And these factors do contribute to a site’s ranking. If on-page content is optimized around a searched-for keyword but the bounce rate is high, it’s a clear indicator that a site’s UX isn’t up to scratch. Similarly, if a site has a less than stellar time on page, there’s probably an issue with the page’s content or the experience a user has.
WordPress makes user experience a little easier with its pre-built themes. These generally follow web design best practices and make important elements of your site clear and easy to find. All you have to worry about is on-page content.
7. Blockable Spam Comments
One of WordPress’ strengths is the ability for visitors to leave comments and communicate with one another. This functionality increases engagement, time on page, and can have a positive effect on reducing bounce rate. However, not all comments are positive. Enter the dreaded spam comment.
Spam comments can have a detrimental affect on SEO by including keywords and content that are irrelevant to a page’s keyword goals. A spam post that tries to promote baby shoes on a tech blog is not what you want.
WordPress makes preventing spam comments easy through a combination of three steps:
- Akismet – the WordPress stock comment checker for automatically removing and blocking spam.
- Cookies for Comments – Detects bots and stops them from posting spam in the comments section.
- “Nofollow” to links in the comments – By default, WordPress makes links in the comments section “Nofollow”, meaning you don’t have to worry about passing PageRank to negative sites.
8. Optimized for Mobile
Mobile is a big deal for site owners. In 2018, 61.2% of internet users accessed websites using a mobile device. Unsurprisingly, Google and other search engines have suggested that responsive design is a ranking factor, with numerous professionals having felt that it is one of the more important factors since 2015.
WordPress, if you’re running on the latest version and taking advantage of an up-to-date theme, is responsive out of the box. This means that instead of having to focus on design that includes mobile users, you’re able to focus on your content. WordPress will do the rest.
9. SEO Optimized Images
How can an image be optimized for SEO? Easy, by being quick to load and including relevant “alternative text”.
WordPress makes alternative text easy by having a box dedicated to it in the image details screen. For optimized images, installing an image optimization plugin will help you to provide site visitors with images that are quick to load while also maintaining image quality.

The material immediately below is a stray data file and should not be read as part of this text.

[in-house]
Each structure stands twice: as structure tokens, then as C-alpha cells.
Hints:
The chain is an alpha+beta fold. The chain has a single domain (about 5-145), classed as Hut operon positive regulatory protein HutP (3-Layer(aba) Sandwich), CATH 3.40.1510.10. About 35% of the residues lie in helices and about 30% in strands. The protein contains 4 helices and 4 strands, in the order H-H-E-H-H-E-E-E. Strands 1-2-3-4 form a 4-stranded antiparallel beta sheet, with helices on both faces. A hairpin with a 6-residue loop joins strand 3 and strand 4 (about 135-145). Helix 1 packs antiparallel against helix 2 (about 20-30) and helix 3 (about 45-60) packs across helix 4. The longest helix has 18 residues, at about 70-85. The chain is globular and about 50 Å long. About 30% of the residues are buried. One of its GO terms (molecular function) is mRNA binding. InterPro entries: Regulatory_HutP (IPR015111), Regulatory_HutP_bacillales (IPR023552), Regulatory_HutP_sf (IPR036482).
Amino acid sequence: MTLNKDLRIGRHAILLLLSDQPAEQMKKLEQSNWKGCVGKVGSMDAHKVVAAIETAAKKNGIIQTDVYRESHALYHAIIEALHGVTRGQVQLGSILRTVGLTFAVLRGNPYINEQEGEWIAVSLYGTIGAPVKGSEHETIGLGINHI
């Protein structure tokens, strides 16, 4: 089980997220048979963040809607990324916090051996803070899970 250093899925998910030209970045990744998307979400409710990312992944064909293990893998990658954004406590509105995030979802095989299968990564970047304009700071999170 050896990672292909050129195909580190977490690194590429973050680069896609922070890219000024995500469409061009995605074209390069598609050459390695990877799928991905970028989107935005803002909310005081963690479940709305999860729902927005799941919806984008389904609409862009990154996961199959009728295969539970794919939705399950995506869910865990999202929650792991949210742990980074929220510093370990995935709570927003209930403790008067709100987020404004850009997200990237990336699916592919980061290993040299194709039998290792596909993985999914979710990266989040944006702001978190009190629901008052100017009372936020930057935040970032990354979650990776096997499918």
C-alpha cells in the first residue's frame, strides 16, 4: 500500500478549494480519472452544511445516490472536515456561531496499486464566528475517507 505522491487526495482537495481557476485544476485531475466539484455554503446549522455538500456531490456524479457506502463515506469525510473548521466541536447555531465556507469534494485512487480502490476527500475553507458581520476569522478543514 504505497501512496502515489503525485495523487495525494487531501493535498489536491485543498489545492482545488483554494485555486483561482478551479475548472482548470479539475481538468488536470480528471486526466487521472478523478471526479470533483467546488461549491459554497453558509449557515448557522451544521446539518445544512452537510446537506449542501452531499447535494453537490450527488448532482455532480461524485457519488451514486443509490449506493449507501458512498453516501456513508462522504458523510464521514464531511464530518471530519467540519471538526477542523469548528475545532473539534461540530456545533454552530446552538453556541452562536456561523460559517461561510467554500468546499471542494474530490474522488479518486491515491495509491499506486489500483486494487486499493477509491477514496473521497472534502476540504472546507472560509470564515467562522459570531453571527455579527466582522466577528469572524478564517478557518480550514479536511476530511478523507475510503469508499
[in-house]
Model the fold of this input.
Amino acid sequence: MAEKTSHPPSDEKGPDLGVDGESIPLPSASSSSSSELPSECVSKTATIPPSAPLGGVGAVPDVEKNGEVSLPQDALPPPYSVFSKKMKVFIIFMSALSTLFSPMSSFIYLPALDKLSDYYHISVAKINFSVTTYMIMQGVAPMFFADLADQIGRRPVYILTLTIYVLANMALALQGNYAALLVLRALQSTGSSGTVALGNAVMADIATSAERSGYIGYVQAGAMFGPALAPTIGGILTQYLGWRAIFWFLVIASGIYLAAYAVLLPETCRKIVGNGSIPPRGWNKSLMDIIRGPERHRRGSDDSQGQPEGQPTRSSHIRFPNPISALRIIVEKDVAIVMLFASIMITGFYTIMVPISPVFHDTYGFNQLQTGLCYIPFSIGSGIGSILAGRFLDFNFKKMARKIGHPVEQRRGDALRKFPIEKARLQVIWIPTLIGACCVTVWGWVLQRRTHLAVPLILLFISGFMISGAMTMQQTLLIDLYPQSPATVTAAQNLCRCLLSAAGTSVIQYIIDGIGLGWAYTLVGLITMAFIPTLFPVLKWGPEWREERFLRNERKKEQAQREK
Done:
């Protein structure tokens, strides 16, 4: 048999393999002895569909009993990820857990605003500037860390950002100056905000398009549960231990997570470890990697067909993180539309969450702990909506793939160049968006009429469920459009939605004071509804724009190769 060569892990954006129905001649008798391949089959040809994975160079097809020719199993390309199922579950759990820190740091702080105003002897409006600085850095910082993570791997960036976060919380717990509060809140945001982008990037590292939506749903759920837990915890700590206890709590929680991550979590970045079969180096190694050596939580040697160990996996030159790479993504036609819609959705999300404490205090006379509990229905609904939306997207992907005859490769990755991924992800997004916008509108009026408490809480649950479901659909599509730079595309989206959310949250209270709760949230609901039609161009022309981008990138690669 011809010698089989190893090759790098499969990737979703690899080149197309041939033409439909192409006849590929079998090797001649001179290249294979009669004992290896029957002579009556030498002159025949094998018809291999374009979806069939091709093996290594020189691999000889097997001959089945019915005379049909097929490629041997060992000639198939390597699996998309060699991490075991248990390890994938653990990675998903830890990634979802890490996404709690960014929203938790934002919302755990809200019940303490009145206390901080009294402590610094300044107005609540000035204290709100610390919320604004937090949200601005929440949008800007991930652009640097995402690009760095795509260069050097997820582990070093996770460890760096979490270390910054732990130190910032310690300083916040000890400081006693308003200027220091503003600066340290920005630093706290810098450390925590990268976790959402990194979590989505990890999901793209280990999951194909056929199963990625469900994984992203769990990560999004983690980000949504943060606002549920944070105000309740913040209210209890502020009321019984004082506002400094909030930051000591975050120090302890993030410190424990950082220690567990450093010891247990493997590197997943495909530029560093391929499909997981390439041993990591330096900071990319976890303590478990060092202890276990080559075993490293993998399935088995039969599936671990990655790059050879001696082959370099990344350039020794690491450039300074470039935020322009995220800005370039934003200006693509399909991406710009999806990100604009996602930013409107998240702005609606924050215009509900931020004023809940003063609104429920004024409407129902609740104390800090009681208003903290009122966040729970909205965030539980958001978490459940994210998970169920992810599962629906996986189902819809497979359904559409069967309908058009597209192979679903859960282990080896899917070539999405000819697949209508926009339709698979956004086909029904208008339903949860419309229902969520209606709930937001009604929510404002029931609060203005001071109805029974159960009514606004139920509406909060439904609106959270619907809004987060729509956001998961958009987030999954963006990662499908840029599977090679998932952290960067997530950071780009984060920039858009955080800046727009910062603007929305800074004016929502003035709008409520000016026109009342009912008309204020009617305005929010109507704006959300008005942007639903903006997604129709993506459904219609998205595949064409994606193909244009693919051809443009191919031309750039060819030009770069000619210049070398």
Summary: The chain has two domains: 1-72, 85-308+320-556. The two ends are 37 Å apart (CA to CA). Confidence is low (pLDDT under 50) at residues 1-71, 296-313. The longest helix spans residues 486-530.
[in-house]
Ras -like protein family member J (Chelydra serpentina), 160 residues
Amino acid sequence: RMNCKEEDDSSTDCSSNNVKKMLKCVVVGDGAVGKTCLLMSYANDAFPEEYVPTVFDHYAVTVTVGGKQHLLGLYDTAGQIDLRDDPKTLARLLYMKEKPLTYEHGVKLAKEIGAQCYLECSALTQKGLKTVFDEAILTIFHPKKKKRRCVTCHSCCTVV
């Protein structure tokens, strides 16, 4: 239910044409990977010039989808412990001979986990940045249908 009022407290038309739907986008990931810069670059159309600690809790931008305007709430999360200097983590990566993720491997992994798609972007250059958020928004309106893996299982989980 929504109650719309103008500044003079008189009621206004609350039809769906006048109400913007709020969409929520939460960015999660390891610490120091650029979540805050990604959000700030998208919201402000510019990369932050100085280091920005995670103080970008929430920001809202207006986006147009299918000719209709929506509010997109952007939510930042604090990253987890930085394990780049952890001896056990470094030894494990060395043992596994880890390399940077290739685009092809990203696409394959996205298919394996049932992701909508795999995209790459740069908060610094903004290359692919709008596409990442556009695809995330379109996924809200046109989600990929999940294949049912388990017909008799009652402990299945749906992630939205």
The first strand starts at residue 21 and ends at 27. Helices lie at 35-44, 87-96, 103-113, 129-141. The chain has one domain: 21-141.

10. WordPress SEO Plugins
One of the reasons WordPress can be a good CMS for getting started with SEO is the collection of SEO plugins available to help content creators optimize their posts and pages. Plugins like Yoast and All In One SEO make adding meta data, keywords, and tags simple.
There are also a number of other useful WordPress plugins available that can help with SEO indirectly.
- W3 Cache is a great plugin for optimizing site speed and improving user experience.
- Nested Pages is great for optimizing your URL structure and making content easy to navigate.
- Speed Booster Pack helps to increase your site’s speed quickly and easily.
Remember, too many plugins and your site can become too slow. If that happens, you’re more likely to end up losing rankings as opposed to gaining them.
Improving Your WordPress Strategy
If you came to this page wondering whether WordPress is bad for SEO, you now know that it’s not. In fact, between stock features, feature-filled plugins, and a huge number of content and UX possibilities, WordPress may be one of the best CMS applications if you want to focus on SEO.
That doesn’t mean that you should stop here though. There are a number of optimizations you can implement yourself to make your site rank number 1; from optimizing your site for conversions to employing a hosting foundation that helps you to deliver the performance visitors expect.
Wonder what hosting solution is best for you? See what other users have to say by reading 2019’s State of Hosting. Download it for free now.